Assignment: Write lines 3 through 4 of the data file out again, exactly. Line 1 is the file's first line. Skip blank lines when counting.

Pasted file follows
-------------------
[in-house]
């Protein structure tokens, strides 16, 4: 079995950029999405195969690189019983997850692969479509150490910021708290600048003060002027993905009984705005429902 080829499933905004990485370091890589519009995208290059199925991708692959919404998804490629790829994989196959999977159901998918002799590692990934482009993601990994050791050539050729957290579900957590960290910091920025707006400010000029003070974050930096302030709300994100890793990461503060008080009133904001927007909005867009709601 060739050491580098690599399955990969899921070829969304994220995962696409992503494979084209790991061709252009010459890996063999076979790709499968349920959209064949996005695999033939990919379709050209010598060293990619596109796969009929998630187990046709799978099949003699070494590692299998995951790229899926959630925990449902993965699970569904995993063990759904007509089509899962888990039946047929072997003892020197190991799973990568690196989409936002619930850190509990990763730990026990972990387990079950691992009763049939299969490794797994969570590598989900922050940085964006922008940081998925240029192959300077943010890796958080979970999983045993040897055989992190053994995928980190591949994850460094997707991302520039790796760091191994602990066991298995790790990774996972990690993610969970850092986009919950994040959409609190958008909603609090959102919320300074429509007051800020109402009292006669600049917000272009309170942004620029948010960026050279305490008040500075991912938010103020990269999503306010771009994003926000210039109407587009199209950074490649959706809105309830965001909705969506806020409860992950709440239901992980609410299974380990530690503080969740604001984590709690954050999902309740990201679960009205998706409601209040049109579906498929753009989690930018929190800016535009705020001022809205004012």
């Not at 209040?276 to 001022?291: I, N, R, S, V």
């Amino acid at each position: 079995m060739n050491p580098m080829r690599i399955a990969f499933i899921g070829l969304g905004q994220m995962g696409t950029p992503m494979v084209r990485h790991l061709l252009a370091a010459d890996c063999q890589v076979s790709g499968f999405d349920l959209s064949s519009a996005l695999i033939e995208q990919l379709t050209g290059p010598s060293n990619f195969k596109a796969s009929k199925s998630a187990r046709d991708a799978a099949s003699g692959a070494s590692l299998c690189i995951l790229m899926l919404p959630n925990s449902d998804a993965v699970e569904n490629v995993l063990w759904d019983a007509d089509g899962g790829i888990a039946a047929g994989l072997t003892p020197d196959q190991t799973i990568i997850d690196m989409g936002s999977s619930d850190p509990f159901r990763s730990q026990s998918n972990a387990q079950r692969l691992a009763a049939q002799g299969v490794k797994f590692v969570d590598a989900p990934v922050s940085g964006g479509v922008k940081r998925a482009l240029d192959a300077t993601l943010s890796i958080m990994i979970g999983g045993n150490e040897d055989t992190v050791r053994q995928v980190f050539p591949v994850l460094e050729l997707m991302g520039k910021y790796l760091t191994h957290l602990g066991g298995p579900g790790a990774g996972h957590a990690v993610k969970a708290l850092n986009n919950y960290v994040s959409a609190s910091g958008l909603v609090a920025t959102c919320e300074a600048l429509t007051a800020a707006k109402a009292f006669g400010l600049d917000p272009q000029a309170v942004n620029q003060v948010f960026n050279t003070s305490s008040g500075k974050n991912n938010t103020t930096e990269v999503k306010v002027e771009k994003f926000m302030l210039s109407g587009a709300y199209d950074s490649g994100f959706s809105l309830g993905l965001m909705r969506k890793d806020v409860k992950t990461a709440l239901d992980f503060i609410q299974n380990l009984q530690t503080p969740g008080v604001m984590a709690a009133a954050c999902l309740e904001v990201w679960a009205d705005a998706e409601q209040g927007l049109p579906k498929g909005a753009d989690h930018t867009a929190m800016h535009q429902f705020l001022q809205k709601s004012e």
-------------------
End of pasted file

């Not at 209040?276 to 001022?291: I, N, R, S, V």
């Amino acid at each position: 079995m060739n050491p580098m080829r690599i399955a990969f499933i899921g070829l969304g905004q994220m995962g696409t950029p992503m494979v084209r990485h790991l061709l252009a370091a010459d890996c063999q890589v076979s790709g499968f999405d349920l959209s064949s519009a996005l695999i033939e995208q990919l379709t050209g290059p010598s060293n990619f195969k596109a796969s009929k199925s998630a187990r046709d991708a799978a099949s003699g692959a070494s590692l299998c690189i995951l790229m899926l919404p959630n925990s449902d998804a993965v699970e569904n490629v995993l063990w759904d019983a007509d089509g899962g790829i888990a039946a047929g994989l072997t003892p020197d196959q190991t799973i990568i997850d690196m989409g936002s999977s619930d850190p509990f159901r990763s730990q026990s998918n972990a387990q079950r692969l691992a009763a049939q002799g299969v490794k797994f590692v969570d590598a989900p990934v922050s940085g964006g479509v922008k940081r998925a482009l240029d192959a300077t993601l943010s890796i958080m990994i979970g999983g045993n150490e040897d055989t992190v050791r053994q995928v980190f050539p591949v994850l460094e050729l997707m991302g520039k910021y790796l760091t191994h957290l602990g066991g298995p579900g790790a990774g996972h957590a990690v993610k969970a708290l850092n986009n919950y960290v994040s959409a609190s910091g958008l909603v609090a920025t959102c919320e300074a600048l429509t007051a800020a707006k109402a009292f006669g400010l600049d917000p272009q000029a309170v942004n620029q003060v948010f960026n050279t003070s305490s008040g500075k974050n991912n938010t103020t930096e990269v999503k306010v002027e771009k994003f926000m302030l210039s109407g587009a709300y199209d950074s490649g994100f959706s809105l309830g993905l965001m909705r969506k890793d806020v409860k992950t990461a709440l239901d992980f503060i609410q299974n380990l009984q530690t503080p969740g008080v604001m984590a709690a009133a954050c999902l309740e904001v990201w679960a009205d705005a998706e409601q209040g927007l049109p579906k498929g909005a753009d989690h930018t867009a929190m800016h535009q429902f705020l001022q809205k709601s004012e």